QThe copy of Firefox that I installed can't find any Web sites, but Internet Explorer still works. Why can only one browser reach the Web?

ASome Internet providers, such as this reader's AT&T Worldnet service, use special relays called "proxy servers" to speed the delivery of Web pages. These companies' setup routines usually configure any browser already on the computer with the appropriate server address, but a browser added later may miss that detail when it tries to bring over the older program's settings and bookmarks.

When that happens, the newer browser may find itself unplugged from the Web. To plug it back in, you'll first open the working browser and check its connection settings, then duplicate those settings in the broken browser.

In Internet Explorer, go to the Tools menu, select Internet Options, click the Connections tab and then click the "LAN Settings" button; in Firefox, go to the Tools menu, select Options and click the "Connection Settings" button. You'll see one of three options in either program: no proxy-server settings, automatically detect a proxy server, or a specific server address. Write down whatever one is selected, then configure the other browser in the same way.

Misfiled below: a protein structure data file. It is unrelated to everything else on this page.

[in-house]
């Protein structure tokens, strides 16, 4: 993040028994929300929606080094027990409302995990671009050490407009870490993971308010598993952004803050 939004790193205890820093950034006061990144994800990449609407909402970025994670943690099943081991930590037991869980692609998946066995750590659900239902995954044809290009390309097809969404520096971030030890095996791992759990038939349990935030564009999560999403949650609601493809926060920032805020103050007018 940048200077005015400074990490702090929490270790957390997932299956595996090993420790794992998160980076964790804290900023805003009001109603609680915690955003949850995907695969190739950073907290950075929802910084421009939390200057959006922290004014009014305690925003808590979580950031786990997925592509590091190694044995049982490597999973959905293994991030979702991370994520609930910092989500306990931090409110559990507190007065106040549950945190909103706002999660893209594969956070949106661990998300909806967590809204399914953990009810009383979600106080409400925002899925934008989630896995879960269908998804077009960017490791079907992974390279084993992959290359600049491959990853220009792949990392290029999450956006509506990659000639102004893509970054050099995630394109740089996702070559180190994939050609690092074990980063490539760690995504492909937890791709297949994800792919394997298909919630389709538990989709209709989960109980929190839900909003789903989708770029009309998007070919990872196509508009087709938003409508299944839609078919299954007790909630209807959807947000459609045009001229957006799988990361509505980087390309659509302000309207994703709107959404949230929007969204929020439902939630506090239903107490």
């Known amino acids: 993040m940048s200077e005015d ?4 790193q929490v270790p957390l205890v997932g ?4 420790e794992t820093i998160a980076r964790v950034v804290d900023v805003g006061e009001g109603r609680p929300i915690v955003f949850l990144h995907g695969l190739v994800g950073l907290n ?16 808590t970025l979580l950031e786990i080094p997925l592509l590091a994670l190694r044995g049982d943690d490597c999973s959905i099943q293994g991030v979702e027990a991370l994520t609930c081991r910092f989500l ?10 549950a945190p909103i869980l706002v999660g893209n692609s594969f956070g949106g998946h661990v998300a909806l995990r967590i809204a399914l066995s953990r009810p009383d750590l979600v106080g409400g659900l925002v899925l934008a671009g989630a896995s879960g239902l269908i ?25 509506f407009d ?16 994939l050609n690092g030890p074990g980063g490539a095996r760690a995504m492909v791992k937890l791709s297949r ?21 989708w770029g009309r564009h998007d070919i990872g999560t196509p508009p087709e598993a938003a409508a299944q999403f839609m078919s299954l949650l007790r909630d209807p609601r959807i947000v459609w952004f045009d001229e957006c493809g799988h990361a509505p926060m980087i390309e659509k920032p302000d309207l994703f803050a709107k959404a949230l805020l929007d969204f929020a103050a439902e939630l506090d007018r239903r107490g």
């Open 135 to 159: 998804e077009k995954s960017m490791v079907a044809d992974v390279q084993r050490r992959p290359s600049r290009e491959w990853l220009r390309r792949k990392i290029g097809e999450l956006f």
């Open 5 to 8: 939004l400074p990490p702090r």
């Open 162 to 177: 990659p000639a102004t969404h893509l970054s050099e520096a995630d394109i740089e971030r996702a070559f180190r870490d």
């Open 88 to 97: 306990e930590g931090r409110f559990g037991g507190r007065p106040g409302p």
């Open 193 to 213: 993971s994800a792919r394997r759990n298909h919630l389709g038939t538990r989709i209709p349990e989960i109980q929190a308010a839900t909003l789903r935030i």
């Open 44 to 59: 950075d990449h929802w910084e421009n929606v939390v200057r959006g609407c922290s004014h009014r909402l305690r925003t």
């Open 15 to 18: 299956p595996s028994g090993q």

How can I get Windows Explorer in XP to change the view in every folder to "list"?

Change any one window's view to list mode by selecting that option from the right-most toolbar icon's drop-down menu. Then go to that window's Tools menu, select Options, click the View tab and click the "Apply to All Folders" button. (You may need to redo this from time to time; Windows has a habit of resetting these choices on its own.)

By the way, Windows Explorer is not Internet Explorer; it's just the program you use when you're looking at the Windows desktop and your own files and folders.

-- Rob Pegoraro

Rob Pegoraro attempts to untangle computing conundrums and errant electronics each week. Send questions to The Washington Post, 1150 15th St. NW, Washington, D.C. 20071 or rob@twp.com.